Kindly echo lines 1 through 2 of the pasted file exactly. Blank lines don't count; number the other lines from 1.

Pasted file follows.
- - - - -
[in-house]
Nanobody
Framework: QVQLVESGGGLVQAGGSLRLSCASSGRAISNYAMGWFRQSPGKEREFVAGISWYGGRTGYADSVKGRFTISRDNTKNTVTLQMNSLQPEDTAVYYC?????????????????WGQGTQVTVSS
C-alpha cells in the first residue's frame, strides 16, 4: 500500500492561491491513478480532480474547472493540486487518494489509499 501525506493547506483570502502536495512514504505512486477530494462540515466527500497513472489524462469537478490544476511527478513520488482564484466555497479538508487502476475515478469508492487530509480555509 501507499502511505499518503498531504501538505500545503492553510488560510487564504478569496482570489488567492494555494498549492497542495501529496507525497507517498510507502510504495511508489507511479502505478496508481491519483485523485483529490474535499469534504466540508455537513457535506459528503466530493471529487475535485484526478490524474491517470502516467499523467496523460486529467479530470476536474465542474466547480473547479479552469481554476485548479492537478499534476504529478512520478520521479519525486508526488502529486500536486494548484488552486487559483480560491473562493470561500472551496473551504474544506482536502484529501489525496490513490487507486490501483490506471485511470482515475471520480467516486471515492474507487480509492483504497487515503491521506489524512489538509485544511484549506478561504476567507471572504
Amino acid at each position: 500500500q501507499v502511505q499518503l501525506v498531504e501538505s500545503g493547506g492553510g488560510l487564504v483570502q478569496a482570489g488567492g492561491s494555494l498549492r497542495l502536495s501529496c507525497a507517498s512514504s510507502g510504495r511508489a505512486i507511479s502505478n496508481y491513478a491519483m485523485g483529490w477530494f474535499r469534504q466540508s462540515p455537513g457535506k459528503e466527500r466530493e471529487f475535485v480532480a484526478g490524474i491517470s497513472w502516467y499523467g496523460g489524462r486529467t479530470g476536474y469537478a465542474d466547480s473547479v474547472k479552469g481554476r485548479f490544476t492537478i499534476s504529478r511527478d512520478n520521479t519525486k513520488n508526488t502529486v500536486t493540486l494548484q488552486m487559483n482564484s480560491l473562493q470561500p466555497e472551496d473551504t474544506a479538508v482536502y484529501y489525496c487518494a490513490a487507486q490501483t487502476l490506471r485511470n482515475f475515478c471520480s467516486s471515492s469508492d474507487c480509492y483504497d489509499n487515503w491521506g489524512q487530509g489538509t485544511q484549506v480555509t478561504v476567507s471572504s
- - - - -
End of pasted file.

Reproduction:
[in-house]
Nanobody